Because the shield 208 includes a composite material having grains 217 in an insulating matrix 218, the performance of the magnetic recording head 200 may be improved. As discussed above, it has been determined that eddy currents may adversely affect high frequency operation of the head 200. Because the resistivity of the shield 208 has been increased, eddy currents in the magnetic transducer 210 during writing may be reduced. The reduction in eddy currents may result in a faster response, better high frequency performance, and reduced heating. Thus, issues such as thermo-mechanical stress, pole tip protrusion, and heating of the read sensor 206 may be reduced. This improvement in performance is accomplished without compromising magnetic performance of the head 200. Consequently, the write transducer 210, and thus the magnetic head 200, may be able to be used at higher data rates. For example, data rates of two Gbit/second or higher may be achieved. However, benefits due to the reduction of eddy currents may be reduced for the magnetic head 200 as compared to the magnetic heads 100, 100′, and 100″. This is because the shield 208 including the composite material is farther from the changing magnetic flux being driven by the coil(s) 214 and 224. Thus, a decrease in eddy currents in the entire head 100, 100′, 100″ and 200 is expected to be greater for the heads 100, 100′, and 100″ than for the head 200. However, some benefits may still be achieved. For example, the composite material in the shield 208 is expected to have a reduced coefficient of thermal expansion. As a result, a reduction in thermal pole tip protrusion may still be expected.

FIG. 6 is a side view of another exemplary embodiment of a magnetic recording head 200′. The magnetic recording head 200′ is analogous to the magnetic recording heads 100, 100′, 100″, and 200. Consequently, analogous components are labeled similarly. In one embodiment, the magnetic recording head 200′ is a PMR head. However, in another embodiment, the magnetic recording head 200′ may be a longitudinal magnetic recording head. In addition, although depicted as including both a read transducer 202′ and a write transducer 210′, the head 200′ may include only a write transducer 210′. Alternatively, the head 200′ may include multiple read and/or write transducers (not shown). For clarity, FIG. 6 is not drawn to scale.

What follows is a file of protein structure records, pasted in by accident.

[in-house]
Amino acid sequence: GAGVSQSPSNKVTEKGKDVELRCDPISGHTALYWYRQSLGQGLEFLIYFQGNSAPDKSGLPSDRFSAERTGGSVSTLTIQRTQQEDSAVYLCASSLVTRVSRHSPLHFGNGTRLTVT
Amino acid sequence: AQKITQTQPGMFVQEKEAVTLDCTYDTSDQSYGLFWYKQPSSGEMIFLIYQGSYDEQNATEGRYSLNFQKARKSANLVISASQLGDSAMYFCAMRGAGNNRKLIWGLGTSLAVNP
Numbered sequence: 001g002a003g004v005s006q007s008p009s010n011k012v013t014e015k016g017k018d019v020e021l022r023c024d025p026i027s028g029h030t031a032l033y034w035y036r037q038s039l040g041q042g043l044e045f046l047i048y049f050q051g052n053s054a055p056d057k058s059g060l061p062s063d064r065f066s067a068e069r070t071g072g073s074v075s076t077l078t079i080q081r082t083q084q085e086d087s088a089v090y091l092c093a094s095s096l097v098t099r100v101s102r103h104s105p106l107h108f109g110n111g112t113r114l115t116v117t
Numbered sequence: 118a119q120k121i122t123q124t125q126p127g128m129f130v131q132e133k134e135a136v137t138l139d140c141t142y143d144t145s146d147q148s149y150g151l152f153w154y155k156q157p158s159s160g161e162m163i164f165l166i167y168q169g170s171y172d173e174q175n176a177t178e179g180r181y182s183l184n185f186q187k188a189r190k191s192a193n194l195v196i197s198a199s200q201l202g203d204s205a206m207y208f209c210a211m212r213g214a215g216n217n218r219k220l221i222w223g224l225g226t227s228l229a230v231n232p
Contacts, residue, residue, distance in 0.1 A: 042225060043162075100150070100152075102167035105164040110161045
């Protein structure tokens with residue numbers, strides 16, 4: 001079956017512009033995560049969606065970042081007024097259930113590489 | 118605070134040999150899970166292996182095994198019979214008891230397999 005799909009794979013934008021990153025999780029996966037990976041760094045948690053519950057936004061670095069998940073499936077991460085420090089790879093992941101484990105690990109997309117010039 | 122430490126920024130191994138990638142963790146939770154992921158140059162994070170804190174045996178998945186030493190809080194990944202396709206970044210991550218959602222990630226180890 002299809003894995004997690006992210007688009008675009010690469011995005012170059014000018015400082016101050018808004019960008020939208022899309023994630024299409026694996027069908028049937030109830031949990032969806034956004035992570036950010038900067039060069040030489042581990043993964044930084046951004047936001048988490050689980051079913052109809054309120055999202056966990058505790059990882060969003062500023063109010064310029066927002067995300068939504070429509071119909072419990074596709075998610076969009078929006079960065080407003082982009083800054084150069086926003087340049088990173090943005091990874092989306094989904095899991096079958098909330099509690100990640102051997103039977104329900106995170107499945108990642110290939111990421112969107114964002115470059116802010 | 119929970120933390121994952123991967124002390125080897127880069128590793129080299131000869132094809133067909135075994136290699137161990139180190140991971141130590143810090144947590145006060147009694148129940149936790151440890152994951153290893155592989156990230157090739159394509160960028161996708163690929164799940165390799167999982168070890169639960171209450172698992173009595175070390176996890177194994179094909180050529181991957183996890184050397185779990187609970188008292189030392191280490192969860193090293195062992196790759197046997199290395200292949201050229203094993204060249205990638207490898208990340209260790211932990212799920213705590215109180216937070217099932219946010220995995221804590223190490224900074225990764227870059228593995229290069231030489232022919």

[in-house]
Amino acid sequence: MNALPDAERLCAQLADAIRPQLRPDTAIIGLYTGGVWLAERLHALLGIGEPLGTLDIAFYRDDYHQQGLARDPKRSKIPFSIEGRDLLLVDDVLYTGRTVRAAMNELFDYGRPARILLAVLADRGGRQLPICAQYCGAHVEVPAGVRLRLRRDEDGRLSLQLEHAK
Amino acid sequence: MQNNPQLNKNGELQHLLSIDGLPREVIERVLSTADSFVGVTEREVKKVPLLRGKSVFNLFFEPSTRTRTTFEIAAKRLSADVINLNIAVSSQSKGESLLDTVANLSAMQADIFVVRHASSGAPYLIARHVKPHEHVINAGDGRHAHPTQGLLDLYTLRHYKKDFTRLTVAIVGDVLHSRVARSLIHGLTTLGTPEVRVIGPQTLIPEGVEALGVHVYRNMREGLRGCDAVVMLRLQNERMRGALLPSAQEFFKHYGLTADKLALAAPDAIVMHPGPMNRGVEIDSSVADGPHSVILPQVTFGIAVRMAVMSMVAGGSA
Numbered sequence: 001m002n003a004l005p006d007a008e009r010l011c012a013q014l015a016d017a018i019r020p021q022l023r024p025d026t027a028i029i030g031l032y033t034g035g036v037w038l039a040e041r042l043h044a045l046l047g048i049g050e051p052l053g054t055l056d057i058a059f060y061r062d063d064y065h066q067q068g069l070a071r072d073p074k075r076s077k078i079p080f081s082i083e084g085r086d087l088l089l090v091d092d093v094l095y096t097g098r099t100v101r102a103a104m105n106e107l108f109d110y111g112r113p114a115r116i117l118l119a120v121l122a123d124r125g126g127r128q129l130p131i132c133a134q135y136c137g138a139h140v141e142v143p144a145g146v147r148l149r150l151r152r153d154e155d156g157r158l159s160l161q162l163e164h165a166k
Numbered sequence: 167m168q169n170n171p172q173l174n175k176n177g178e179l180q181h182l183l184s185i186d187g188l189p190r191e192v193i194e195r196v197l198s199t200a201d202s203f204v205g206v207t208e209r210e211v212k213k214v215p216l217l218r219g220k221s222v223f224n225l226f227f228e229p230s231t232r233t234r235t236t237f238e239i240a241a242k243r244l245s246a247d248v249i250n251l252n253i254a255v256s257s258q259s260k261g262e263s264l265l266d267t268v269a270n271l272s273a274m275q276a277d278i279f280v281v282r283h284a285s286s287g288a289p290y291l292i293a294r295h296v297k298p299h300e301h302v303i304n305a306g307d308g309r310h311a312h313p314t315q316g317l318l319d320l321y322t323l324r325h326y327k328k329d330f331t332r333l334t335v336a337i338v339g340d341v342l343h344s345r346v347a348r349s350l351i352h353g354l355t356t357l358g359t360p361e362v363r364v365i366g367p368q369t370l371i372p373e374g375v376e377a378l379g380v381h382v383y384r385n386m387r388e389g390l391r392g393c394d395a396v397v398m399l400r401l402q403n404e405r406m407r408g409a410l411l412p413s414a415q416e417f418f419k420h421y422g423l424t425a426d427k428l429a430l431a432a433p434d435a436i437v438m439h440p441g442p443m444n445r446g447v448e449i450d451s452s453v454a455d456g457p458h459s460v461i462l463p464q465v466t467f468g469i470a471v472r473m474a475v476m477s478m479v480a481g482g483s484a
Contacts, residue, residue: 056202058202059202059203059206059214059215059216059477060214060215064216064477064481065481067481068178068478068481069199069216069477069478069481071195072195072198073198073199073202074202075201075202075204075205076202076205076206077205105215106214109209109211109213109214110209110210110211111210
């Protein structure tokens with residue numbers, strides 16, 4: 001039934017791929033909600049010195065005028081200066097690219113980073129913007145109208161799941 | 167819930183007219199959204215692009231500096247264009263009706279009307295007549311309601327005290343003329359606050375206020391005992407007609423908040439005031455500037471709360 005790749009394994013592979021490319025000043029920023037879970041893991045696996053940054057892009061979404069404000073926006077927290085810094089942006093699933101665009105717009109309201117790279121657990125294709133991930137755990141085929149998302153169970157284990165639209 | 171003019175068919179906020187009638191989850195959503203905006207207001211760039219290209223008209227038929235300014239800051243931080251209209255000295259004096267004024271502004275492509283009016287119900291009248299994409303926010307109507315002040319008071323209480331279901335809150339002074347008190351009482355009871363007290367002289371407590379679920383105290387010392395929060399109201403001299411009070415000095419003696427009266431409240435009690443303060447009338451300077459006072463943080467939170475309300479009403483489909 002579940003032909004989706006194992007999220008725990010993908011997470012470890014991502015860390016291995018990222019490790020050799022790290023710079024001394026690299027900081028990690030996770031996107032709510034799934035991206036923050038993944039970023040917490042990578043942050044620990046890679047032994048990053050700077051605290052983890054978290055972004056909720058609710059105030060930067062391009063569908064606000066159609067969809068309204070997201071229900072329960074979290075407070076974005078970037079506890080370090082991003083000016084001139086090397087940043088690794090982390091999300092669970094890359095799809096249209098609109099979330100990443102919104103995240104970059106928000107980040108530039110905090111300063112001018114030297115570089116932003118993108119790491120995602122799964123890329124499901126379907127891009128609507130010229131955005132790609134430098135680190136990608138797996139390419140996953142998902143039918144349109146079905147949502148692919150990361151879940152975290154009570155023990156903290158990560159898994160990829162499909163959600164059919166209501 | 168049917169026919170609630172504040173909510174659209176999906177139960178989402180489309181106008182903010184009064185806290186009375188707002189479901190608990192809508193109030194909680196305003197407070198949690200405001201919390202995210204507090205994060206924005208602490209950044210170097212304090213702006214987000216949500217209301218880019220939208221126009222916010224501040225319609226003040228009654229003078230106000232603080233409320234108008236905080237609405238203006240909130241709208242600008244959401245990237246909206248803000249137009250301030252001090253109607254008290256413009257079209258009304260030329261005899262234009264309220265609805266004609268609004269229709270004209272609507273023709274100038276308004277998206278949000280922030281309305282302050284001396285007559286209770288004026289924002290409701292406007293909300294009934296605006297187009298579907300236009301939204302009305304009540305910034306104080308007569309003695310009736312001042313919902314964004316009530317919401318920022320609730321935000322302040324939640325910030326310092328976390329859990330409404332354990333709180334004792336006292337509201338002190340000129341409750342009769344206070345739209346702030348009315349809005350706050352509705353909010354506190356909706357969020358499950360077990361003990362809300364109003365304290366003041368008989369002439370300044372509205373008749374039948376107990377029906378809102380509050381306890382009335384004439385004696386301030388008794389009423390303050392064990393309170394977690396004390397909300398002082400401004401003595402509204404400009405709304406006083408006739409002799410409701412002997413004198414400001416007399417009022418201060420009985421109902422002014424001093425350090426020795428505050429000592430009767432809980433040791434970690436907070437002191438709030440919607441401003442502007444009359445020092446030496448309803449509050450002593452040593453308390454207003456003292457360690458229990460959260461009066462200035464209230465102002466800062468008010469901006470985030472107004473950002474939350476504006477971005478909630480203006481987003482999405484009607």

The magnetic recording head 200′ includes a read transducer 202′ and a write transducer 210′. The read transducer 202′ includes shields 204′ and 208′ and read sensor 206′. The write transducer 210′ includes a P1 212′, a first coil 214′, auxiliary pole 216′, a main pole 220′, write gap 222′, a second coil 224′, and shield 226′. Although the write transducer 210′ is depicted with two coils 214′ and 224′, a single coil may also be used. In addition, although the auxiliary pole 216′ is depicted as below the main pole 220′, the auxiliary pole 216′ may reside above the main pole 220′. In addition, in another embodiment, a second auxiliary pole may be provided. In such an embodiment, the main pole may reside between the auxiliary pole 216′ and the second auxiliary pole (not shown in FIG. 6). Further, although the P1 212′ is depicted as being separated from S2 208′, in one embodiment, these structures may be merged. In addition, a write gap 222′ and return shield 226′ are shown. However, in one embodiment, these structures are optional. In such an embodiment, the transducer 210′ may employ a monopole.

The read transducer 202′ and write transducer 210′ are analogous to the read transducers 102, 102′, 102″, and 202 and to write transducers 110, 110′, 110″, and 210, respectively. The main pole 220′ is thus used to write to the media (not shown) and has a high saturation magnetization. The coils 214′ and 224′ energize the main pole 220′. The shields 204′, 208′, and 226′ magnetically isolate the read sensor 206′ and the main pole 220′. The shield 226′ also functions as a return shield into which magnetic flux from the main pole 220′ is returned. In the embodiment shown, the auxiliary pole 216′ and P1 212′ may be made of an alloy instead of a composite material.

In the embodiment shown, the shield 204′ includes a composite material having magnetic grains 217′ in an insulating matrix 218′. The grains 217′ are analogous to the grains 117, 117′, 117″, and 217. The grains 217′ may, therefore, have substantially the same properties and composition as the grains 117, 117′, 117″, and/or 217. The composite material used in the shield 204′ is analogous to the composite material used for the auxiliary pole 116 of FIG. 2, the P1 112′ of FIG. 3, the return shield 126″ of FIG. 4, and the shield 208 of FIG. 5. Referring back to FIG. 6, the composite material used for the shield 204′ has substantially the same composition and performance as the shield 202′. Although the thickness of the shield 204′ might vary, in one embodiment, the thickness is of at least 0.3 micron and not more than 1 micron. In some embodiments, the shield 204′ may be made thicker to account for a reduced saturation magnetization due, for example, to a reduction in the concentration of magnetic material in the shield 204.